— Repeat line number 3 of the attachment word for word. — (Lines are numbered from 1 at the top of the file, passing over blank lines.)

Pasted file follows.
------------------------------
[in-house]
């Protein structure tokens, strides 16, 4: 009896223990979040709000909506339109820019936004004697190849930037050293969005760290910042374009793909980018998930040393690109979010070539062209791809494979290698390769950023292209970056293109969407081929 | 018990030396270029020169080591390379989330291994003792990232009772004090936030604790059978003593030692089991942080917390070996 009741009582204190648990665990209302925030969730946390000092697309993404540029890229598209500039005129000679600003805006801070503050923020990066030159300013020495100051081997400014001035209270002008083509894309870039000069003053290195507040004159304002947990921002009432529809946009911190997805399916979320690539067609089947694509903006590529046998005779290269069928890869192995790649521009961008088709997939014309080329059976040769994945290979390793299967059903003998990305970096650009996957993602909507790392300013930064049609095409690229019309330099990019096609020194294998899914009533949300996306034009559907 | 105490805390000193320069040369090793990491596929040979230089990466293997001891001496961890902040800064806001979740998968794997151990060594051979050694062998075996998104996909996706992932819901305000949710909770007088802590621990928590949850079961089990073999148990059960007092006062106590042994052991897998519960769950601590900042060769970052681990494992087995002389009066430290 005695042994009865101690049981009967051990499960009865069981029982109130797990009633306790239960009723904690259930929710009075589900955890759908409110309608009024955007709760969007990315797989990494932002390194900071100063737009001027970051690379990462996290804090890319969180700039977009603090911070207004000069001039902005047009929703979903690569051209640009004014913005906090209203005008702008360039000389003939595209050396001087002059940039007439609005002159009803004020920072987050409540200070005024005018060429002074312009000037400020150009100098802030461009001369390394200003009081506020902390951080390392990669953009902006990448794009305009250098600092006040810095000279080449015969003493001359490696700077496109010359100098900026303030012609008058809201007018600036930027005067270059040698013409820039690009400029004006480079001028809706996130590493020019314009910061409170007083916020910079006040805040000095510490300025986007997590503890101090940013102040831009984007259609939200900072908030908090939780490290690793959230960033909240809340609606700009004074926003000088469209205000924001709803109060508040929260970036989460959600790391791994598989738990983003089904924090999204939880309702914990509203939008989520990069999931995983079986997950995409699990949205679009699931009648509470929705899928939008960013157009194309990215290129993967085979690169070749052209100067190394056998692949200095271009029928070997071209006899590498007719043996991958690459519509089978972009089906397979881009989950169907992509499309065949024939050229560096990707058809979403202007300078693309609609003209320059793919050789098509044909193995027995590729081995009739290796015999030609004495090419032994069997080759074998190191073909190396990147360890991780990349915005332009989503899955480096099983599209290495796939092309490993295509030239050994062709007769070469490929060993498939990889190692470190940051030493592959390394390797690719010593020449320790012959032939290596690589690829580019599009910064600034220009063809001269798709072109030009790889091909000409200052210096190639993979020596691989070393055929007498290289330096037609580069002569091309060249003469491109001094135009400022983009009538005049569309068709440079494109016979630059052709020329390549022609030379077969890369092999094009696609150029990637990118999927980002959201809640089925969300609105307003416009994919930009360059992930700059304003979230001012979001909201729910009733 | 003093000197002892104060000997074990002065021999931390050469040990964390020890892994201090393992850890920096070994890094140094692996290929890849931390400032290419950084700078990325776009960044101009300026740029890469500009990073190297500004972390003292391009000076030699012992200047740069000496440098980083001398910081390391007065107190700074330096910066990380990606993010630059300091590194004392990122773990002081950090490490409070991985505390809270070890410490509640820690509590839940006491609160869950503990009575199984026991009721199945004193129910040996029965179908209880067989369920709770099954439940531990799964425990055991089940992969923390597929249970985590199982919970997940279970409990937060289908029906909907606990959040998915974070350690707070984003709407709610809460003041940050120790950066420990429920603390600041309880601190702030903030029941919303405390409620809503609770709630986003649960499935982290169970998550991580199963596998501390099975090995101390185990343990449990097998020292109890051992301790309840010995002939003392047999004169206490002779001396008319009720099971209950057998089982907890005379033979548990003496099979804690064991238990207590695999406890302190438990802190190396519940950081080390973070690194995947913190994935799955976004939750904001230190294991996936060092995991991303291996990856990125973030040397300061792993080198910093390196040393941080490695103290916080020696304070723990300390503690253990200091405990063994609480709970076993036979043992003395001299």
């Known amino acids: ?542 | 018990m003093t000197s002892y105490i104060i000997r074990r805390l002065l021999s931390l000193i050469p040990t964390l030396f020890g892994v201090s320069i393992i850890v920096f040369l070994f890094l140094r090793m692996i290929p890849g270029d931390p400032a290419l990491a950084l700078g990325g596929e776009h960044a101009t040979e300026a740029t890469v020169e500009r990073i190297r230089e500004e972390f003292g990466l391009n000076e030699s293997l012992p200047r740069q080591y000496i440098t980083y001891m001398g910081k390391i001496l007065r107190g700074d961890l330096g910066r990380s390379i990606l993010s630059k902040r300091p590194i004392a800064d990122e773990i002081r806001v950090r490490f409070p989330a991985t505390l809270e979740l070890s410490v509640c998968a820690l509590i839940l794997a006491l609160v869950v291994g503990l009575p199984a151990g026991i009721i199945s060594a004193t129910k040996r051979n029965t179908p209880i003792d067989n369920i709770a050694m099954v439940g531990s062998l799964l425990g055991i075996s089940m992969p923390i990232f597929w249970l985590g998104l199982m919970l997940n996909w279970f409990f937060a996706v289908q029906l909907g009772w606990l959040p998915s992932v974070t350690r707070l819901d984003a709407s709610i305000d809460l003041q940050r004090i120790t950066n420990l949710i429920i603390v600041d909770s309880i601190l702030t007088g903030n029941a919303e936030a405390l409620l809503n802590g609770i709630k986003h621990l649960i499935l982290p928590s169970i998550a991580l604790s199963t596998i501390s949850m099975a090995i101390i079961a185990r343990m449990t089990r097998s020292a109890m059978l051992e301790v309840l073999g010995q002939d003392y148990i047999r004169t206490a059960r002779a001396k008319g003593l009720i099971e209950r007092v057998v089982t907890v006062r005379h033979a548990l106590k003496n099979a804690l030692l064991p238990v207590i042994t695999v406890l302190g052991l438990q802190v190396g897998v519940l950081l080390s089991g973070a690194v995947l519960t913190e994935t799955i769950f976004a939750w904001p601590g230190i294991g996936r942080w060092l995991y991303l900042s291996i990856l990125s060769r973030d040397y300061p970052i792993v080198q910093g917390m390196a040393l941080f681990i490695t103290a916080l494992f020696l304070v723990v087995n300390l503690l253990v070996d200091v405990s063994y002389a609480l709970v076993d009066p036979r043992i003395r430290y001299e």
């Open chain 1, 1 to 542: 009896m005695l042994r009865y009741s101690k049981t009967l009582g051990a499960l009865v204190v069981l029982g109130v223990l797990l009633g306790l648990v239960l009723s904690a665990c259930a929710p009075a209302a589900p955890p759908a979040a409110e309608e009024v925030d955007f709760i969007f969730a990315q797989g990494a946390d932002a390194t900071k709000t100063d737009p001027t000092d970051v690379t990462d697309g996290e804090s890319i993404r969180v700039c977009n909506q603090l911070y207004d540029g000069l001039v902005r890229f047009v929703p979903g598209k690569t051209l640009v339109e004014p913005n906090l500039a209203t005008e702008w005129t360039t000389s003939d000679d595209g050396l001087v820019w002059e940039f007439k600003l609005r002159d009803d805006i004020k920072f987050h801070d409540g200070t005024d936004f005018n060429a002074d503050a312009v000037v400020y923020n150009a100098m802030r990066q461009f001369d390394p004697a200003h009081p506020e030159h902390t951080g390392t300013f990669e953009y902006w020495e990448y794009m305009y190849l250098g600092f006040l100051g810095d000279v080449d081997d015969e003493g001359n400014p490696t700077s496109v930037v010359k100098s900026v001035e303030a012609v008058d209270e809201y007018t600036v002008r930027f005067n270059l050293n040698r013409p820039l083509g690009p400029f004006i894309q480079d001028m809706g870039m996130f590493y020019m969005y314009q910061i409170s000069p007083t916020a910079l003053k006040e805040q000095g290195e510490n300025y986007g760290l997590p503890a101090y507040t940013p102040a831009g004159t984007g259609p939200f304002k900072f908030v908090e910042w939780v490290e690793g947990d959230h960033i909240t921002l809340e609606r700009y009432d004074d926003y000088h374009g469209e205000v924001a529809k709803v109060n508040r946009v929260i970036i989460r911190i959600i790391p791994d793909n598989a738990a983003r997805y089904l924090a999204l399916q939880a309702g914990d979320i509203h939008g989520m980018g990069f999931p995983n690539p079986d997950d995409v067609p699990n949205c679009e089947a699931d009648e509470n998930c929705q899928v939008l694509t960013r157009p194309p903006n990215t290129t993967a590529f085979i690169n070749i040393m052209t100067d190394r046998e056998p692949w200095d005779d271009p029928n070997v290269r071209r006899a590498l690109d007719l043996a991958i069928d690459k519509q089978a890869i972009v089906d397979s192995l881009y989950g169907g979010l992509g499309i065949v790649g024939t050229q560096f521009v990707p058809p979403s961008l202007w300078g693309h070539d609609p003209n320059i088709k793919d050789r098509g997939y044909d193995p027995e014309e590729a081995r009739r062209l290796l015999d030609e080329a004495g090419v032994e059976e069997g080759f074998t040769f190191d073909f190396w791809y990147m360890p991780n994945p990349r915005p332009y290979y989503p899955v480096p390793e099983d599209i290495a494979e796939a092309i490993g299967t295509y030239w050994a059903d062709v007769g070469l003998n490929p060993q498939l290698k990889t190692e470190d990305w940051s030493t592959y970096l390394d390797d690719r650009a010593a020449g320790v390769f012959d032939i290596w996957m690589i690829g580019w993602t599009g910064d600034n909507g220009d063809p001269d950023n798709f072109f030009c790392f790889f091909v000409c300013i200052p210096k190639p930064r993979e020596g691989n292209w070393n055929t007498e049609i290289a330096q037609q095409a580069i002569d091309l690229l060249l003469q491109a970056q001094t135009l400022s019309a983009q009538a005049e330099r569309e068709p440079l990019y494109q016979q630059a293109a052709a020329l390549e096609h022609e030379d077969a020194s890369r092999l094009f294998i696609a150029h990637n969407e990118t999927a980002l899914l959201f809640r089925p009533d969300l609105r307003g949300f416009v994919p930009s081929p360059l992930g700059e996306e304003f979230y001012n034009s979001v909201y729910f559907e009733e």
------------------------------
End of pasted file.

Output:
């Known amino acids: ?542 | 018990m003093t000197s002892y105490i104060i000997r074990r805390l002065l021999s931390l000193i050469p040990t964390l030396f020890g892994v201090s320069i393992i850890v920096f040369l070994f890094l140094r090793m692996i290929p890849g270029d931390p400032a290419l990491a950084l700078g990325g596929e776009h960044a101009t040979e300026a740029t890469v020169e500009r990073i190297r230089e500004e972390f003292g990466l391009n000076e030699s293997l012992p200047r740069q080591y000496i440098t980083y001891m001398g910081k390391i001496l007065r107190g700074d961890l330096g910066r990380s390379i990606l993010s630059k902040r300091p590194i004392a800064d990122e773990i002081r806001v950090r490490f409070p989330a991985t505390l809270e979740l070890s410490v509640c998968a820690l509590i839940l794997a006491l609160v869950v291994g503990l009575p199984a151990g026991i009721i199945s060594a004193t129910k040996r051979n029965t179908p209880i003792d067989n369920i709770a050694m099954v439940g531990s062998l799964l425990g055991i075996s089940m992969p923390i990232f597929w249970l985590g998104l199982m919970l997940n996909w279970f409990f937060a996706v289908q029906l909907g009772w606990l959040p998915s992932v974070t350690r707070l819901d984003a709407s709610i305000d809460l003041q940050r004090i120790t950066n420990l949710i429920i603390v600041d909770s309880i601190l702030t007088g903030n029941a919303e936030a405390l409620l809503n802590g609770i709630k986003h621990l649960i499935l982290p928590s169970i998550a991580l604790s199963t596998i501390s949850m099975a090995i101390i079961a185990r343990m449990t089990r097998s020292a109890m059978l051992e301790v309840l073999g010995q002939d003392y148990i047999r004169t206490a059960r002779a001396k008319g003593l009720i099971e209950r007092v057998v089982t907890v006062r005379h033979a548990l106590k003496n099979a804690l030692l064991p238990v207590i042994t695999v406890l302190g052991l438990q802190v190396g897998v519940l950081l080390s089991g973070a690194v995947l519960t913190e994935t799955i769950f976004a939750w904001p601590g230190i294991g996936r942080w060092l995991y991303l900042s291996i990856l990125s060769r973030d040397y300061p970052i792993v080198q910093g917390m390196a040393l941080f681990i490695t103290a916080l494992f020696l304070v723990v087995n300390l503690l253990v070996d200091v405990s063994y002389a609480l709970v076993d009066p036979r043992i003395r430290y001299e």